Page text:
The simple part of male and female brains is that there are known morphological, functional, biochemical, and developmental differences (Zaidi, Z. F.; “Gender Differences in Human Brain: A Review,” The Open Anatomy Journal, 2010, 2, p. 37-55 and Andreano, J.M., and Cahill, L.; “Sex Influences on the Neurobiology of Learning and Memory,” Learning and Memory, 2009, 16, p. 248-266). The morphological differences include things like the larger brain volume of men compared to women, the higher ratio of white matter to gray matter in men compared to women, and different neuroanatomies (women have relative to total brain size larger hippocampus, caudate nucleus, anterior cingulate gyrus, and dorsolateral prefrontal cortex; while men have relative to total brain size larger amygdala and planum temporale). The functional differences include things like the different cognitive strategies that men and women use for mental rotation and navigation tasks. The biochemical differences include things like the availability of dopamine transporters which is higher in women than men and the expression of 5-HT2 receptors which is higher in men than in women. Finally, the developmental differences point to differences in how male and female brains develop and age over time. Dr. Larry Cahill, Professor of Neurobiology at University of California Irvine, points out that these gender-based brain differences suggest the need “to develop sex specific treatments for a host of conditions, including depression, addiction, schizophrenia and posttraumatic stress disorder” and “researchers exploring the structure and function of the brain must take into account the sex of their subjects when analyzing their data—and include both women and men in future studies or risk obtaining misleading results” (see http://www.scientificamerican.com/article).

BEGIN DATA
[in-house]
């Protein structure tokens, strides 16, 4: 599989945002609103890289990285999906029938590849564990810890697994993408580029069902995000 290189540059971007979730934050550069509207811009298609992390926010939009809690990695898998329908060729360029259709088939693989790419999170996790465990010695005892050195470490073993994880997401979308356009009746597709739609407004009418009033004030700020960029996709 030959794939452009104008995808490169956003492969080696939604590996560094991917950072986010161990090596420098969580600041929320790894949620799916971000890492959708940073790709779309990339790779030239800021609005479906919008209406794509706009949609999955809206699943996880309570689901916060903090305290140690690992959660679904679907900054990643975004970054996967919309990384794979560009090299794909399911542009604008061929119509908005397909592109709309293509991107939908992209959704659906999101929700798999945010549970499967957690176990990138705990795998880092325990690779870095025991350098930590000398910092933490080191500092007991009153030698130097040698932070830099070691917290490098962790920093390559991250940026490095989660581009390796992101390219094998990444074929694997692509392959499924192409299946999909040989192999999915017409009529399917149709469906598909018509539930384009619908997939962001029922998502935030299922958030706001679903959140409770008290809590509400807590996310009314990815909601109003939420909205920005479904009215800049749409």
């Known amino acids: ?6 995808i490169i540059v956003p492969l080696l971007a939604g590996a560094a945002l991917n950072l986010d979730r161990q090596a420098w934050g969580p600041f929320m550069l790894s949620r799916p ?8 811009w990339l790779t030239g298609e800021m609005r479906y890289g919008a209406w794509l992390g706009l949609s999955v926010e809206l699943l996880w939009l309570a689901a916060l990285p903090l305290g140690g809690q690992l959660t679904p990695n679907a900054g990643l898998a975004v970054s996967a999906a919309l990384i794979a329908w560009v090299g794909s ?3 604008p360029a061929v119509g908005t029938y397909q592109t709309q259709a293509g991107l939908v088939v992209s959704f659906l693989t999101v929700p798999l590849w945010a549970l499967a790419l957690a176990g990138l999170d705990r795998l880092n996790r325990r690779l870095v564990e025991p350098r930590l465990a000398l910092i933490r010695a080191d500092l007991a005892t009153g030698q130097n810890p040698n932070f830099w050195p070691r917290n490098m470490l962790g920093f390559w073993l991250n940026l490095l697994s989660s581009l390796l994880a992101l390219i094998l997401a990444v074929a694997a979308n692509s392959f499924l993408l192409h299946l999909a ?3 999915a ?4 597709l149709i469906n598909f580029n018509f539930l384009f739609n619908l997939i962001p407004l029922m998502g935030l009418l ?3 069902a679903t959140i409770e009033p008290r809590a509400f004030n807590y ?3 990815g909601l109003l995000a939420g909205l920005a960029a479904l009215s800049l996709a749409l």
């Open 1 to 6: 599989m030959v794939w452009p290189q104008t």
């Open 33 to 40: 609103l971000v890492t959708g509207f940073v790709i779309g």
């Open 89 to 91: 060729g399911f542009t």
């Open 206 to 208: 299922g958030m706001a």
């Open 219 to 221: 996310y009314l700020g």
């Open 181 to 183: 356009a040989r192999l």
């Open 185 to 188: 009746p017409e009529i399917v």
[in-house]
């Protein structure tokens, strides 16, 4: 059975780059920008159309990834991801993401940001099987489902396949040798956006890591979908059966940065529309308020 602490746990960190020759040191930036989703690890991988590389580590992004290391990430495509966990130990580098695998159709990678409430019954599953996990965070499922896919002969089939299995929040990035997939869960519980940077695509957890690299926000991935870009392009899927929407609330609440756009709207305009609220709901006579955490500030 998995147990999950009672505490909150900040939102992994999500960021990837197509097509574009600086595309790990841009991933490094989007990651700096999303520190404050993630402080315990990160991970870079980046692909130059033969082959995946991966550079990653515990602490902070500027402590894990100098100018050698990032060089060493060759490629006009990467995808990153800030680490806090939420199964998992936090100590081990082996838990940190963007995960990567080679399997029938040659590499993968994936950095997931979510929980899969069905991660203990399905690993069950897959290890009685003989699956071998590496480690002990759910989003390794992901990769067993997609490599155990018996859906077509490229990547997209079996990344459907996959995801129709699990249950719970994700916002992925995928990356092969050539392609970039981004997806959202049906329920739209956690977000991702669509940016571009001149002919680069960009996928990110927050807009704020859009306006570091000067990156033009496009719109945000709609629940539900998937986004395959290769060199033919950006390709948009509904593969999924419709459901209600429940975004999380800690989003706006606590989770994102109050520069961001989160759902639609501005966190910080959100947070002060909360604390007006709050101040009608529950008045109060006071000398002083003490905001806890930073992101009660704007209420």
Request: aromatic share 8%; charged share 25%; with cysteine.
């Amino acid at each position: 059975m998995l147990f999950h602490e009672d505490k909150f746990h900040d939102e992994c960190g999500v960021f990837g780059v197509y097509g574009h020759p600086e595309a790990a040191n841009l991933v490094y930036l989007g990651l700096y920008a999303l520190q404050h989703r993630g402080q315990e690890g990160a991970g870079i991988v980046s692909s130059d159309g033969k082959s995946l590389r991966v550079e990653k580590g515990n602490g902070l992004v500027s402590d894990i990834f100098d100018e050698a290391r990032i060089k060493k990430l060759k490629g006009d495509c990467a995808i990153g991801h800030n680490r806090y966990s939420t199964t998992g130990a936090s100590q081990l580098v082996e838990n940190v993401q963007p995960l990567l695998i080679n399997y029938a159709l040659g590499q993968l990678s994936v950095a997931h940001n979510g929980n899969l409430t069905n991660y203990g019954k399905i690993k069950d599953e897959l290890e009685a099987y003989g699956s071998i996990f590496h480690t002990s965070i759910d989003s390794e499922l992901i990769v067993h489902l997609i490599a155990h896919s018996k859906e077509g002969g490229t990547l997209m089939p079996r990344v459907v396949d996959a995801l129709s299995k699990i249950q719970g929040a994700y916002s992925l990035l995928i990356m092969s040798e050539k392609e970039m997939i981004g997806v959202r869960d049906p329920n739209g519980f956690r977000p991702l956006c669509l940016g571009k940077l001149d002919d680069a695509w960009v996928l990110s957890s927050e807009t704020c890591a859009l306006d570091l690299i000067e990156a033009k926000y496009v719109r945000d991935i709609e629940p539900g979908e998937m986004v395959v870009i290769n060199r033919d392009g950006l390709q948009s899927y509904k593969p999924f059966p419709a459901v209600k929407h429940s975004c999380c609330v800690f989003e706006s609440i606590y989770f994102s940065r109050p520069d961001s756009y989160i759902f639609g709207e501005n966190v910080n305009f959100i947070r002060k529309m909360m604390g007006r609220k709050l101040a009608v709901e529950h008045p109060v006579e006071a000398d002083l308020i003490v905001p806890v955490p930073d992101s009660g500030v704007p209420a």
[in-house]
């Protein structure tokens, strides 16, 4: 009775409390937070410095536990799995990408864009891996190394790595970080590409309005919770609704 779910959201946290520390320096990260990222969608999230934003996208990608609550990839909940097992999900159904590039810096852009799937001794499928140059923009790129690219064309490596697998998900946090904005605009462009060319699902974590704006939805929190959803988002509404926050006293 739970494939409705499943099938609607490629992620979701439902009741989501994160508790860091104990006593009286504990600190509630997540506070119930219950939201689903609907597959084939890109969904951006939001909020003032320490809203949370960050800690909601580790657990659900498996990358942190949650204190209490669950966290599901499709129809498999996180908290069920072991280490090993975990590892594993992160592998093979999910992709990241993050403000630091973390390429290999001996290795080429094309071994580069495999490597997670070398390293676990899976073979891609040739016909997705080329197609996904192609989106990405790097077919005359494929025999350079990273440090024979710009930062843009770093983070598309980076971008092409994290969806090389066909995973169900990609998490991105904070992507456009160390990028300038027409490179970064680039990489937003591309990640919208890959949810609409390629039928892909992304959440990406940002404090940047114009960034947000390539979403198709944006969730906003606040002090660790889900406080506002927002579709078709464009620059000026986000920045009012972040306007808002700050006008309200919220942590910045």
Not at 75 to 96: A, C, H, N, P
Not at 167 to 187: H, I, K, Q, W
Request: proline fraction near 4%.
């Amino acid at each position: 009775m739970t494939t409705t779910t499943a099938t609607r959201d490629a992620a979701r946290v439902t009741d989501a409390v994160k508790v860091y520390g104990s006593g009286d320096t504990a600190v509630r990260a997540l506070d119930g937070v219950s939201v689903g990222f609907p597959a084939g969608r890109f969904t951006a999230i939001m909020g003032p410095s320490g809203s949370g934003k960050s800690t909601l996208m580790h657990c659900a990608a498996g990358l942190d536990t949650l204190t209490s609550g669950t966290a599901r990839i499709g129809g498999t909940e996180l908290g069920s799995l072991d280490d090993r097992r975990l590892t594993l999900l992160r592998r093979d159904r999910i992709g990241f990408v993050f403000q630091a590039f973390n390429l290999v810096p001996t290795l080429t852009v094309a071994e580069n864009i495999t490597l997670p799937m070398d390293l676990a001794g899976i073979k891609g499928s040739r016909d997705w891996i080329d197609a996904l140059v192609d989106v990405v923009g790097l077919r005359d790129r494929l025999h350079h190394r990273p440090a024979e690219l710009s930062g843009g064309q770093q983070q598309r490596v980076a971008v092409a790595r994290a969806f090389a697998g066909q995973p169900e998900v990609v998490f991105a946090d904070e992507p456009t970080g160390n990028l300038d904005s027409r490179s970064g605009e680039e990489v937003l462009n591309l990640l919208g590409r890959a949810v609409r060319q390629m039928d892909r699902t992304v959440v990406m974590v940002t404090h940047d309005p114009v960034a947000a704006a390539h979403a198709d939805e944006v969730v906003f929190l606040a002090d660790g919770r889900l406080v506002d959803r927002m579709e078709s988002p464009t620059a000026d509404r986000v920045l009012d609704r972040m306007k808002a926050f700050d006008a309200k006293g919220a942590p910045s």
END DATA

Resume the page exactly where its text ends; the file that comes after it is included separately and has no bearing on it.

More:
The second topic is how these gender-based brain differences play out in the body which is a bit more complicated. The brain operates within a larger system, the human body, which also has gender differences. For example, a process that happens in all cells of the female body but in none of the cells of the male body is the inactivation of one X chromosome. In addition, the distribution of adipose tissue, or fat, is different between men and women. Men tend to accumulate fat in their abdomen while women tend to accumulate fat just below the skin and in their thighs and buttocks. Adipose tissue is part of the endocrine system which produces peptide and steroid hormones to regulate all sorts of bodily functions. Some of these hormones reach the brain and act on receptors there. An example of a gender difference with regard to fat is obese men were seen to have increased visceral fat compared to women which resulted in higher levels of inflammatory cytokines in men. The liver has gender differences too in how it metabolizes or breaks down medicines. For example, the sleep aid zolpidem (tradename Ambien) is broken down much more slowly by the liver in women than in men so women need a significantly lower dose then men. Gender differences in sensory systems like smell, touch, and taste cause men and women to experience different information about the world (see http://bsd.biomedcentral.com/articles). Thus, gender differences are not only in the brain but in the organs and systems throughout the body all of which have interactions with the brain.
Gender differences are not only in the brain but in the organs and systems throughout the body all of which have interactions with the brain.